If you had to go away for awhile and you could only take five of your favorite albums with you, which ones would you choose? Yes, we know it isn’t a fair question, but that hasn’t stopped us from asking music fans who happen to be recording artists in their own right. This edition of Desert Island Discs comes courtesy of Lucky Diaz, whose latest LP with the Family Jam Band, A Potluck, arrives May 8. You can preview the entire album right here at this link — after reading Lucky’s Desert Island picks, of course!
While this question is totally unfair…here is my feeble attempt at my desert island top five records:
The Beatles, Revolver
Let’s be honest, there’s no way to encapsulate the entire complexity of the Beatles in one album. But if one had to, I believe it would be this one. My daughter sings to “Yellow Submarine” the way I sang to “Good Day Sunshine” in the back seat of our family car. It’s been said “Here, There, Everywhere” is Paul’s favorite song he ever wrote. It’s certainly mine.
Miles Davis, Kind of Blue
Before I ever visited New York City, it came to me via this album. I was a sophomore in high school when my band teacher (a trumpet player) lent me this album to take home. I never returned it. I finally understood the concept of an instrumentalist “singing” through their instrument. I felt New York. I felt Miles. Kind of Blue makes sadness beautiful.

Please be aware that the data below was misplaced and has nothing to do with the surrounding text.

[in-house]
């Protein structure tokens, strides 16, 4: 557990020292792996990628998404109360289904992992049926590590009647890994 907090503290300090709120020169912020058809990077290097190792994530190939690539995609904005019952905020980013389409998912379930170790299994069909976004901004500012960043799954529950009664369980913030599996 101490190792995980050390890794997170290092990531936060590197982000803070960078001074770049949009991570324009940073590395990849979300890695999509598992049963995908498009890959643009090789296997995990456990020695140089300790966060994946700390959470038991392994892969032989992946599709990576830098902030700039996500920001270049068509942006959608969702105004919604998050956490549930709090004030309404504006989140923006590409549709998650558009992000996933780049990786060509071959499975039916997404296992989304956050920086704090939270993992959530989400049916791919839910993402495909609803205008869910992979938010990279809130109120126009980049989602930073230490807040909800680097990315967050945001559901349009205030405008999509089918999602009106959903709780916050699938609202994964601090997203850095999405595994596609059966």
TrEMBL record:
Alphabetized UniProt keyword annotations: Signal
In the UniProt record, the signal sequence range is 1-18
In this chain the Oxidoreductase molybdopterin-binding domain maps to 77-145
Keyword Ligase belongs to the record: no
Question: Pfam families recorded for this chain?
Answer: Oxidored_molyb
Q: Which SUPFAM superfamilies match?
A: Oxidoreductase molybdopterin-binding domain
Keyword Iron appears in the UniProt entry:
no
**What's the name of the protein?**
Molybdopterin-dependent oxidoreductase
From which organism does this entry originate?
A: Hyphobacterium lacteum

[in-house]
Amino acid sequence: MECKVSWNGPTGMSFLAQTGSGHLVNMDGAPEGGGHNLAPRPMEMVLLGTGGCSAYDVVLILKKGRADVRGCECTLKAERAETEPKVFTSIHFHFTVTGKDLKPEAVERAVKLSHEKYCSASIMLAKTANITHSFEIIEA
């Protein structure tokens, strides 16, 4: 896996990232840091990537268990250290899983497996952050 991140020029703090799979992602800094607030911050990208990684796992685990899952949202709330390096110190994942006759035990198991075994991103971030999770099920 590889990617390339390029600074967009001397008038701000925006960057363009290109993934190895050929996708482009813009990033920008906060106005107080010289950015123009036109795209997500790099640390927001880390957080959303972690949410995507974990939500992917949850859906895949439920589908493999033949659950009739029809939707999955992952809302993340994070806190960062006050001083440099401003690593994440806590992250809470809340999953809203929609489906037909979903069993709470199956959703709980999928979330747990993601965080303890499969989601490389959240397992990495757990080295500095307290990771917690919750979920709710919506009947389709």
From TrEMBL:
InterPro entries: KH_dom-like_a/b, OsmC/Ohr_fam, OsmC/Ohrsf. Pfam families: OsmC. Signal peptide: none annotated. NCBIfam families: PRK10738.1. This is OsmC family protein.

The B-52’s, Cosmic Thing
Admittedly, I came to the B-52’s via my brother, who blasted “Rock Lobster” from his bedroom. He was obsessed with Fred Schneider and Kate Pierson. I believe we were 12 or so when Cosmic Thing was released. I had never heard a party before. Not only that, they looked like they came from mid-century outer space! “Love Shack” is still one of my all time favorite songs. I mean, you CAN’T help but move when you listen to it. Tin Roof Rusted!!!
Nirvana, Nirvana Unplugged
I suppose it’s my age, but Nirvana was my coming of age band. They heralded the Seattle sound that shaped my first bands, my first written songs, and my voice. We all wanted to be Kurt Cobain or Eddie Vedder. Here was a guy that couldn’t really sing or play a guitar that well — and he sounded amazing. I didn’t really know Bob Dylan yet, so Kurt was my first experience with a message and emotion really delivering a song. But not until this album did I really see how beautiful Kurt’s songs are. I believe this is the best Nirvana record ever recorded. “Dumb” WITH a string section! Brilliant.
The Jimi Hendrix Experience, Are You Experienced
People are often surprised to discover I’m a pretty serious guitar player. I spent a great deal of my youth cutting heads in blues jams where I grew up. Our records don’t have a lot of guitars on them. I always think the song comes first and rarely, if ever, do my songs ask for some epic guitar solo. I can honestly say when I first heard this album I couldn’t believe it was real. To this day, I’m mesmerized by Jimi. He’s what Miles is to the trumpet. I hear his voice in his playing. I want to play like Jimi. I want to perform like Jimi. Beautiful madness captured on tape played backwards.
Not a bad list of influences, right? See how they all came together to form A Potluck — coming May 8 to a store near you — in the album teaser clip below. And don’t forget to preview the whole record at this link. Enjoy!